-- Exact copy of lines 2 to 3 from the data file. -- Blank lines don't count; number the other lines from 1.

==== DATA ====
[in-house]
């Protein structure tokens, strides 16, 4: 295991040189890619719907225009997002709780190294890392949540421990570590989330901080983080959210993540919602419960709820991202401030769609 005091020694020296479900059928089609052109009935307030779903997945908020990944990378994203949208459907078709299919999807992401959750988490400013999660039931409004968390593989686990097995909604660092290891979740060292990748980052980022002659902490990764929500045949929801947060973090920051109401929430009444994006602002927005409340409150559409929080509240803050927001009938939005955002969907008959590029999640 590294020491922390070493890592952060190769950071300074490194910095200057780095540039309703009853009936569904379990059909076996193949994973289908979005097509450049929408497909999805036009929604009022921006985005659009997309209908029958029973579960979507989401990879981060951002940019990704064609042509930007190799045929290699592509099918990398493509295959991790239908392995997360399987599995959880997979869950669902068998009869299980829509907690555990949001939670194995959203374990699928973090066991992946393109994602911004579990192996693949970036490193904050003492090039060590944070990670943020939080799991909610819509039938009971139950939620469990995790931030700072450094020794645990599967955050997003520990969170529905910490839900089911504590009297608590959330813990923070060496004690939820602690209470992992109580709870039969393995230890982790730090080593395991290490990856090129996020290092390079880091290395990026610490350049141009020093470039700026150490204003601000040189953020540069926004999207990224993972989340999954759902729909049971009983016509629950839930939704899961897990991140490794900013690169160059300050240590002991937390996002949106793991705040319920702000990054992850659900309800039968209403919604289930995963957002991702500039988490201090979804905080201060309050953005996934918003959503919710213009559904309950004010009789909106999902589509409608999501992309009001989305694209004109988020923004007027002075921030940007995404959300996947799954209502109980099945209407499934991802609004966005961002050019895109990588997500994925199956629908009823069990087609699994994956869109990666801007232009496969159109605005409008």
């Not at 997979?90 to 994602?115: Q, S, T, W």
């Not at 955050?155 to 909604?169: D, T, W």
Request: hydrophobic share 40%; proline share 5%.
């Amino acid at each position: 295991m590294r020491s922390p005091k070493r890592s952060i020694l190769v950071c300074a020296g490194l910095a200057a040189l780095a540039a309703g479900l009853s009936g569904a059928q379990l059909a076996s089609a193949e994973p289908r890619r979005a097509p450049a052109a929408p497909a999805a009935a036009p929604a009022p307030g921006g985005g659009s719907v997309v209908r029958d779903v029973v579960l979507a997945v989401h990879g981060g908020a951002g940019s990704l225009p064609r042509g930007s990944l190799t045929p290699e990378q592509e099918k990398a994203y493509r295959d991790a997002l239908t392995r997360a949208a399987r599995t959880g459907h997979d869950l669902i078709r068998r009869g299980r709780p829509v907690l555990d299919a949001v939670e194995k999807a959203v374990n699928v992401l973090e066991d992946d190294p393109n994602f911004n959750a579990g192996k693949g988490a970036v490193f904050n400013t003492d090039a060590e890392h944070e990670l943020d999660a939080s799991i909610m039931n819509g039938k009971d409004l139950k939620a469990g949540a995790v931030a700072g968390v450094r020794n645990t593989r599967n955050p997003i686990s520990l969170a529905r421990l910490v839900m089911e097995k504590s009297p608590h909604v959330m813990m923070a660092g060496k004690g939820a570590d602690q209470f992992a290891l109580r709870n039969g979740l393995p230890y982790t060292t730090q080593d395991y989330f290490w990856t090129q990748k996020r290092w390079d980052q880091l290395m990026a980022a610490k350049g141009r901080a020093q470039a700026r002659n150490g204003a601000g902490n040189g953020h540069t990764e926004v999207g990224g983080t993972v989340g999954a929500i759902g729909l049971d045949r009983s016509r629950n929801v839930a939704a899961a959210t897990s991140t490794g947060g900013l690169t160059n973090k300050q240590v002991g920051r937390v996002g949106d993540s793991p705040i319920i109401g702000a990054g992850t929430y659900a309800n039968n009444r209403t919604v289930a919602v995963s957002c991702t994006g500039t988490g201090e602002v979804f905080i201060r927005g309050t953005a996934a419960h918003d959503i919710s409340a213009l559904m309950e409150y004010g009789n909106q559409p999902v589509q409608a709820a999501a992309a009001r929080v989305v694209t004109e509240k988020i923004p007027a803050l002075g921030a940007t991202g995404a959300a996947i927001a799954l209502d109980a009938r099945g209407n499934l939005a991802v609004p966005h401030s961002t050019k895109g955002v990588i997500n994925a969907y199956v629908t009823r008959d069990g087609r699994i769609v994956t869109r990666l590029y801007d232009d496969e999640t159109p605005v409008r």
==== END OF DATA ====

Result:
């Protein structure tokens, strides 16, 4: 295991040189890619719907225009997002709780190294890392949540421990570590989330901080983080959210993540919602419960709820991202401030769609 005091020694020296479900059928089609052109009935307030779903997945908020990944990378994203949208459907078709299919999807992401959750988490400013999660039931409004968390593989686990097995909604660092290891979740060292990748980052980022002659902490990764929500045949929801947060973090920051109401929430009444994006602002927005409340409150559409929080509240803050927001009938939005955002969907008959590029999640 590294020491922390070493890592952060190769950071300074490194910095200057780095540039309703009853009936569904379990059909076996193949994973289908979005097509450049929408497909999805036009929604009022921006985005659009997309209908029958029973579960979507989401990879981060951002940019990704064609042509930007190799045929290699592509099918990398493509295959991790239908392995997360399987599995959880997979869950669902068998009869299980829509907690555990949001939670194995959203374990699928973090066991992946393109994602911004579990192996693949970036490193904050003492090039060590944070990670943020939080799991909610819509039938009971139950939620469990995790931030700072450094020794645990599967955050997003520990969170529905910490839900089911504590009297608590959330813990923070060496004690939820602690209470992992109580709870039969393995230890982790730090080593395991290490990856090129996020290092390079880091290395990026610490350049141009020093470039700026150490204003601000040189953020540069926004999207990224993972989340999954759902729909049971009983016509629950839930939704899961897990991140490794900013690169160059300050240590002991937390996002949106793991705040319920702000990054992850659900309800039968209403919604289930995963957002991702500039988490201090979804905080201060309050953005996934918003959503919710213009559904309950004010009789909106999902589509409608999501992309009001989305694209004109988020923004007027002075921030940007995404959300996947799954209502109980099945209407499934991802609004966005961002050019895109990588997500994925199956629908009823069990087609699994994956869109990666801007232009496969159109605005409008």
């Not at 997979?90 to 994602?115: Q, S, T, W």